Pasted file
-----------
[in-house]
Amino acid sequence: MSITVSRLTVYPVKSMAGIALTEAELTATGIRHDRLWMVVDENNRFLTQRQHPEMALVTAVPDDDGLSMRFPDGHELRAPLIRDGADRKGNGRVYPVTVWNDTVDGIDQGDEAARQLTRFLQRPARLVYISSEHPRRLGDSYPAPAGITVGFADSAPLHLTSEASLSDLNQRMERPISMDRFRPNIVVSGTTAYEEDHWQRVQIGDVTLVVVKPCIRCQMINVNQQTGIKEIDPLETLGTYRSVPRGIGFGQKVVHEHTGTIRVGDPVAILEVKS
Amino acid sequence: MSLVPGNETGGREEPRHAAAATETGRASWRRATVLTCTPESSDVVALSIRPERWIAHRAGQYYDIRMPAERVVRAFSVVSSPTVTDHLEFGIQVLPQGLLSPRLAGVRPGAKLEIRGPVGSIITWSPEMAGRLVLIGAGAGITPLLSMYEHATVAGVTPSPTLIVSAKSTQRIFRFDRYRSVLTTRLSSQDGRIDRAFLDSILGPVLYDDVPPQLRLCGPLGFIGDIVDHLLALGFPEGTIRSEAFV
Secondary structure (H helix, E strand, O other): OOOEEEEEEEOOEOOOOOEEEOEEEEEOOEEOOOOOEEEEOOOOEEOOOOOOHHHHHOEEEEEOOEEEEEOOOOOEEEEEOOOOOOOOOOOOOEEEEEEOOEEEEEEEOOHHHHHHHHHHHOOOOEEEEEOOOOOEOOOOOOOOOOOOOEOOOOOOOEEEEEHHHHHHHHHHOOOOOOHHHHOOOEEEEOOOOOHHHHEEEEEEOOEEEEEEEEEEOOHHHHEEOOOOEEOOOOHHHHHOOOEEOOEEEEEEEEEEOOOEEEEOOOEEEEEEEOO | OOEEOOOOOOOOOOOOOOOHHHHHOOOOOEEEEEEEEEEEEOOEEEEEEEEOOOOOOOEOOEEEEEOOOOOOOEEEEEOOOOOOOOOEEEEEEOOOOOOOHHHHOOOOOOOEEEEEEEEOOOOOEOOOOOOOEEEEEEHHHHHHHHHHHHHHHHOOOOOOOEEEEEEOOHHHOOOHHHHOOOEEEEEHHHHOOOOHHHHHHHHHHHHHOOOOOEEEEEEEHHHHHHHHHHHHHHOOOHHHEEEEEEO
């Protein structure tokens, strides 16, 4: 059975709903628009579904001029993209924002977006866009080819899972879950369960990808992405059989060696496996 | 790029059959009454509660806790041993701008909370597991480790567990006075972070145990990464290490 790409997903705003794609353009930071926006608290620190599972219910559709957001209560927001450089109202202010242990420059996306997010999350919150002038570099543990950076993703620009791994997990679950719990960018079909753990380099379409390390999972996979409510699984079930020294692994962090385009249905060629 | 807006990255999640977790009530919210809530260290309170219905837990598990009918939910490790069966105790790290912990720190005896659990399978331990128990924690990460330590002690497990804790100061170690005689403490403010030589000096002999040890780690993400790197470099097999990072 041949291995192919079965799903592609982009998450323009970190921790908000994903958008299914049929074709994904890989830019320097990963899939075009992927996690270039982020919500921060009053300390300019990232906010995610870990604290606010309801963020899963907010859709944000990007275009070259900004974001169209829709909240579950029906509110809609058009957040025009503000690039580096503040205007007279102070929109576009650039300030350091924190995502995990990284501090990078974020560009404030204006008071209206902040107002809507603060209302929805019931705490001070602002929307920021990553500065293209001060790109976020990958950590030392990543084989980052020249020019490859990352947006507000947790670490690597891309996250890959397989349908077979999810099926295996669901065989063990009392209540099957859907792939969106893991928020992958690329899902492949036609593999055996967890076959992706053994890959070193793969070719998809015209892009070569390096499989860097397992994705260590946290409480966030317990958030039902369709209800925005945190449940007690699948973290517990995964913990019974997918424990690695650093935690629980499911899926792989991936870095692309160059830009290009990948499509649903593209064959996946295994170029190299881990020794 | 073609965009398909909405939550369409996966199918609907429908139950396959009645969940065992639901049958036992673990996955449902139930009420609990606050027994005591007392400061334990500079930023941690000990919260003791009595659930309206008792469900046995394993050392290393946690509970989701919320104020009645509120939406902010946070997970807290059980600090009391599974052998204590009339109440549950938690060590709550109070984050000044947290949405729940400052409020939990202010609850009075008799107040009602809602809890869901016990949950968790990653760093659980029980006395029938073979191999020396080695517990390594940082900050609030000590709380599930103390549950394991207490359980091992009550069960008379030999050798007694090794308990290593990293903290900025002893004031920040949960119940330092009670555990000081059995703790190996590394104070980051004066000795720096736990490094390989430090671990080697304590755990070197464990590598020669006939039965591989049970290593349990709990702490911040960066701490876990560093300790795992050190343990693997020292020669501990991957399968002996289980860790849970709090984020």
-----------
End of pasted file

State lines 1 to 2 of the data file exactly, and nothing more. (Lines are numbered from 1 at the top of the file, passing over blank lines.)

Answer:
[in-house]
Amino acid sequence: MSITVSRLTVYPVKSMAGIALTEAELTATGIRHDRLWMVVDENNRFLTQRQHPEMALVTAVPDDDGLSMRFPDGHELRAPLIRDGADRKGNGRVYPVTVWNDTVDGIDQGDEAARQLTRFLQRPARLVYISSEHPRRLGDSYPAPAGITVGFADSAPLHLTSEASLSDLNQRMERPISMDRFRPNIVVSGTTAYEEDHWQRVQIGDVTLVVVKPCIRCQMINVNQQTGIKEIDPLETLGTYRSVPRGIGFGQKVVHEHTGTIRVGDPVAILEVKS